Iconic Antagonists: Aliens
More commonly found in science fiction games than in the more common fantasy fare, aliens are often used by writers and Gamemasters alike to bring elements of weird — or even whimsy — into otherwise semi-realistic settings. Note that I am not just talking about things like the xenomorphs from Aliens or the Predator from Predator, but also things like the Vulcans and Klingons from Star Trek, the various wonderful â and some less so â creatures in Star Wars, and even (though technically human) Reavers from Firefly, who were very alien in their appearance and actions. Aliens often replace all of the by-the-numbers monsters from fantasy settings such as orc, ogres, demons, dragons, and more by adding the caveat âthey are from other planets.â
Aliens give storytellers of all types a lot of room to play. If they want to include a magic/psychic element to the game, this can be done easily by claiming these abilities are ânaturalâ to some alien races. Look at the biotic abilities of Aasari and the Krogen in the Mass Effect games, which humans later gained the potential for as well when they began experimenting with alien energy. If they wish to include horrific monsters or even undead, this is easily done as well. All one has to do is look at what Dead Space did with their necromorphs to see how even seemingly supernatural elements can be given a pseudo-scientific explanation. After all, much of science fiction is pseudo-science anyway.
The choice to add aliens as elements to a science fiction campaign, be it hard or soft sci-fi and be the aliens purely antagonistic or otherwise, is one that will define your science fiction game more than almost any other decision. Few things differ science fiction stories as much as the existence of alien life. When used like a monster out of something like Aliens, Dead Space, Pitch Black, or many other stories, they make for wonderful antagonists that the players must learn about before they can deal with. To defeat your enemy, you must learn about it. Learn its weaknesses, its nature, its desires. Look at what happened in Aliens when the marines just started shooting the creature, not knowing that its very blood was acidic. Lack of knowledge makes your players vulnerable, making for some wonderfully suspense role-playing that could rival any World of Darkness or Call of Cthulhu-styled supernatural-horror game.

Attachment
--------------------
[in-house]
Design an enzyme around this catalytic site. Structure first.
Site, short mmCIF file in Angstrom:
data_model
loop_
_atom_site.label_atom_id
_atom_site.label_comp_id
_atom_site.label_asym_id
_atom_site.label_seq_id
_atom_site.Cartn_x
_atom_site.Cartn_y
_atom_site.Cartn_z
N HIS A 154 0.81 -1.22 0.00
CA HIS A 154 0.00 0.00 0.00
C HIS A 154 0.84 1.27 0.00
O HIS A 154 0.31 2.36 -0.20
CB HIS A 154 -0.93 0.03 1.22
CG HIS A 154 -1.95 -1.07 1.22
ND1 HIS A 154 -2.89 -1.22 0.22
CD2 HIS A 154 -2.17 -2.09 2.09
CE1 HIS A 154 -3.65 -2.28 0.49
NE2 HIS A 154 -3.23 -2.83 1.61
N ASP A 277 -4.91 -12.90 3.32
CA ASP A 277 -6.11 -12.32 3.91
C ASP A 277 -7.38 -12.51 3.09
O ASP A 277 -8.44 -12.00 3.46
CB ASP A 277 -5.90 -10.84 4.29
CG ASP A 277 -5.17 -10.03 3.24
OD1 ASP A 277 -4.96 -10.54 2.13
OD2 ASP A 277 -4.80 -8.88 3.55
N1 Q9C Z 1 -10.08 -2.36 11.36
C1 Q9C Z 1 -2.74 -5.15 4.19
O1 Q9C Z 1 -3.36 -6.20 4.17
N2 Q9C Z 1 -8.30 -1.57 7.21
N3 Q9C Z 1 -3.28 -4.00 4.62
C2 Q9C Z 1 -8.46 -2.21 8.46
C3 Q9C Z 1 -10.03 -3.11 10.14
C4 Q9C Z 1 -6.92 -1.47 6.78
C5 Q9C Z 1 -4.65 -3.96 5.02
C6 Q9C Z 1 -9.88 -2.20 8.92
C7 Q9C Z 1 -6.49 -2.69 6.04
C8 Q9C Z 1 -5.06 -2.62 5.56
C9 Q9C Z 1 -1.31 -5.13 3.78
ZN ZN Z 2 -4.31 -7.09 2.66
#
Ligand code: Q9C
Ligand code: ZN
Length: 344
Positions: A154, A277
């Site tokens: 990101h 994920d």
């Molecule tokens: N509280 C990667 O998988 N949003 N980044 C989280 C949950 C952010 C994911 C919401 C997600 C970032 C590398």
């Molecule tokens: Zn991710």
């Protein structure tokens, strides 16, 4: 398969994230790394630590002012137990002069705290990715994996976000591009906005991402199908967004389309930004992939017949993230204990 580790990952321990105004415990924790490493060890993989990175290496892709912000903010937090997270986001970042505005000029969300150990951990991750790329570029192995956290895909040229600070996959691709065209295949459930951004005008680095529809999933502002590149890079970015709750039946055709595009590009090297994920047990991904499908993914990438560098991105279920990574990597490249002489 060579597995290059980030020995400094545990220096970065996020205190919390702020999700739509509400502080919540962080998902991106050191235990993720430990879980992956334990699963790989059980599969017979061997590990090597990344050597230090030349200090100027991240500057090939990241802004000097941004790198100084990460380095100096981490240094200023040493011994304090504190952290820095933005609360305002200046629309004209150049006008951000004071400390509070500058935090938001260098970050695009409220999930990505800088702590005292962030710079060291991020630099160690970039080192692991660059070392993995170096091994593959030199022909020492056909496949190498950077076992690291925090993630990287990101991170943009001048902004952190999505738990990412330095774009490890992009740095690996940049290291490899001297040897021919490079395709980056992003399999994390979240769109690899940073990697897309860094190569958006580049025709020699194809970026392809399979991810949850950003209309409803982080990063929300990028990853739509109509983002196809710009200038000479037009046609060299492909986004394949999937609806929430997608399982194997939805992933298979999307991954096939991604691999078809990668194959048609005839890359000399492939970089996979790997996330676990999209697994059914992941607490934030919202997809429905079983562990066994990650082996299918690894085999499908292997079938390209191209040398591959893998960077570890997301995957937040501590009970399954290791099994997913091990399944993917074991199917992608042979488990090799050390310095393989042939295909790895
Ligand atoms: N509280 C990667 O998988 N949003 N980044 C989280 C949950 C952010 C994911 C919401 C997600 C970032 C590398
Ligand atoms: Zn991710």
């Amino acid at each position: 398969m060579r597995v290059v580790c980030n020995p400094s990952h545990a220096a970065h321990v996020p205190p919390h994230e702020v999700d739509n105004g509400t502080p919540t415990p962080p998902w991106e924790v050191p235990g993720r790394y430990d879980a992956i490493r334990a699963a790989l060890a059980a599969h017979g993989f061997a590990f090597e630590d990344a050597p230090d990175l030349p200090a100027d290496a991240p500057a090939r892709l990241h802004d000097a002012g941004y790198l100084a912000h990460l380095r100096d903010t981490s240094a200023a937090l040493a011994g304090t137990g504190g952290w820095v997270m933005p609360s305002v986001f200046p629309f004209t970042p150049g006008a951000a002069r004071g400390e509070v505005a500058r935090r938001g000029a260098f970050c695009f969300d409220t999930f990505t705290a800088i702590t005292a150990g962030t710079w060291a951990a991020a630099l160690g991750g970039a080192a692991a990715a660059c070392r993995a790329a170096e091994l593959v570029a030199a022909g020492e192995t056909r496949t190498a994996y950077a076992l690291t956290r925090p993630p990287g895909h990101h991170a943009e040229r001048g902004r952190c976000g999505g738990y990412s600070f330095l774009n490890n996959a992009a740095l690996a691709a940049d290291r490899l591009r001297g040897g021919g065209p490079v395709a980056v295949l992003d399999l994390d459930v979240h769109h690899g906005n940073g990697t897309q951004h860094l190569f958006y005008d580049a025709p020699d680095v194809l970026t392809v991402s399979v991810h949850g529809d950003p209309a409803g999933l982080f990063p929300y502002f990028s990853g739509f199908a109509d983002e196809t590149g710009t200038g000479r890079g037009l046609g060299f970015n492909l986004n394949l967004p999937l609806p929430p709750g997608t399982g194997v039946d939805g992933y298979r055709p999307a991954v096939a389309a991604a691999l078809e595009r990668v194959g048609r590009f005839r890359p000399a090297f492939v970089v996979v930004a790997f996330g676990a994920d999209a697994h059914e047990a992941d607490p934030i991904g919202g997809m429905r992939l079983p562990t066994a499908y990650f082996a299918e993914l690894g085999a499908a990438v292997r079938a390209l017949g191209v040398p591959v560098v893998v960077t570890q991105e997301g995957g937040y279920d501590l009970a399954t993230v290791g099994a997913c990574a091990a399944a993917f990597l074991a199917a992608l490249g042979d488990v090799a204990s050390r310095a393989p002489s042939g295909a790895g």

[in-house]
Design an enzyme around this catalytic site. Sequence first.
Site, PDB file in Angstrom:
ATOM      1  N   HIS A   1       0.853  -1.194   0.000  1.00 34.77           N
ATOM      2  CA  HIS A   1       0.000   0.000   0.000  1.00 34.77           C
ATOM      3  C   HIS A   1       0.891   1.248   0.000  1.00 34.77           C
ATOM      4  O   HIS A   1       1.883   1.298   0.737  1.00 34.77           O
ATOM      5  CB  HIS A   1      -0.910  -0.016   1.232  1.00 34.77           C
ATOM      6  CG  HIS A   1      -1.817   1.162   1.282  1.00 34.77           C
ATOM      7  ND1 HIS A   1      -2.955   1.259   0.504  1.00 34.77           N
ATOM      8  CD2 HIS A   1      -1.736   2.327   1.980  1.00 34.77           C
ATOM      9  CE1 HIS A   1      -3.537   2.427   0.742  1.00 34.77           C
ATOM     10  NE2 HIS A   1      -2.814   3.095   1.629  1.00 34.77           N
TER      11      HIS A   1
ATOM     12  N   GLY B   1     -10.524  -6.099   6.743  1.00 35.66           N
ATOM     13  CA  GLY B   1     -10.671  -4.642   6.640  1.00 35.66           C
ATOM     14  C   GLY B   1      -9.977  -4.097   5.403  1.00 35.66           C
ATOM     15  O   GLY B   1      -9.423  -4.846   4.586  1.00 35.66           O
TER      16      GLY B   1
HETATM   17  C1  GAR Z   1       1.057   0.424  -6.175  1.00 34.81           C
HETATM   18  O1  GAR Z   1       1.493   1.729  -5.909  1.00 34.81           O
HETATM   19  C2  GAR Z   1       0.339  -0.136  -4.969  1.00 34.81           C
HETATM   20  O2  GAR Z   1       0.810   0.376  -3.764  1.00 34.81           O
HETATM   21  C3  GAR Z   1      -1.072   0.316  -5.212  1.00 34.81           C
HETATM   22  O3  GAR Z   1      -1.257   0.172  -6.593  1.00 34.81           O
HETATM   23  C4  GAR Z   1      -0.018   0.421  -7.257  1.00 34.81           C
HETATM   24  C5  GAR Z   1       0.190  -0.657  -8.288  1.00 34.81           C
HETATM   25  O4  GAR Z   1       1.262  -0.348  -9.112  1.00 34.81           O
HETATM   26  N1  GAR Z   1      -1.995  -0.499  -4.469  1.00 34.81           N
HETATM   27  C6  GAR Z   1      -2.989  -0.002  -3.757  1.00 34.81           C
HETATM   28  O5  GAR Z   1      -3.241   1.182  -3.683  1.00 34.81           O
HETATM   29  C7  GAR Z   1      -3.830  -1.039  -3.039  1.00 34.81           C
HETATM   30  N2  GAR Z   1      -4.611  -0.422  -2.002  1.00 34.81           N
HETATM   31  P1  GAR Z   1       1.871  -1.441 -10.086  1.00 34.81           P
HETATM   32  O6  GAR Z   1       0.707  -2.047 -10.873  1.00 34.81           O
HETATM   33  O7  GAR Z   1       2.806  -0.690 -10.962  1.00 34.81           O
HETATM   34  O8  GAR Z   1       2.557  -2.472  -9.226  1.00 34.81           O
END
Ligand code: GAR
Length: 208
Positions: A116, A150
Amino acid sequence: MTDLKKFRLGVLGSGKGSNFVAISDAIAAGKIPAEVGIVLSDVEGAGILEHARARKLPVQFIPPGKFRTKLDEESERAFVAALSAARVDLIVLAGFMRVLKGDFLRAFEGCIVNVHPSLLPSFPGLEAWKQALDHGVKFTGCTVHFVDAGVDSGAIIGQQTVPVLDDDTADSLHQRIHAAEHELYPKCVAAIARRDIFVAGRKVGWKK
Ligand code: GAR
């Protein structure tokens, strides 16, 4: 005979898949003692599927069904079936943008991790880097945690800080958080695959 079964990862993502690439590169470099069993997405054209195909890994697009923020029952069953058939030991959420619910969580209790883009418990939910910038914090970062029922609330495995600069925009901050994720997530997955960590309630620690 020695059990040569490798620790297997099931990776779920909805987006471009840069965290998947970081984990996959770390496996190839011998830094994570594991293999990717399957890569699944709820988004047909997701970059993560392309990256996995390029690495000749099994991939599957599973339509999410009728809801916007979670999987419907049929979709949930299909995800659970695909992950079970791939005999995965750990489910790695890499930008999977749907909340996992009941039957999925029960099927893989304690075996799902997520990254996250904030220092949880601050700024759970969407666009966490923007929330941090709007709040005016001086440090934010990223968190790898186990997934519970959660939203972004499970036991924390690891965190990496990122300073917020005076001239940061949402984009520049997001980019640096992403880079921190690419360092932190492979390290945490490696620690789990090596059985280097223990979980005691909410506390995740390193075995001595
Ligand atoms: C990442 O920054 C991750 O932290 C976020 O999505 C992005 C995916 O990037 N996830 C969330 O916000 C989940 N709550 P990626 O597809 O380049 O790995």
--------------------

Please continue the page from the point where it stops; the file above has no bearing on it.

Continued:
If, on the other hand, you choose to include alien races much more like how Star Trek and Star Wars treats them, where they are little different than elves or dwarves from traditional fantasy games, then you award yourself the ability to explore cultural differences in your antagonists. Like with aliens-as-monsters, aliens-as-people can be just as interesting if not even more complex. These sorts of foes might be difficult to understand, but they are often driven by something a bit more complex than a desire to feed or simply wipe out all life in the cosmos. Gamemasters can have a lot of fun coming up with the reasons, the methodology, of various alien cultures. Just like with fantasy races, alien cultures give a lot of creative freedom to your Gamemaster, which often make for very interesting games. Sure, often alien races can be classified as things like âspace elvesâ or âextra-planar orc,â but these are just starting points. Its where you go from there that make aliens such interesting antagonists.
As always, thanks for reading and I wish you all good gaming.
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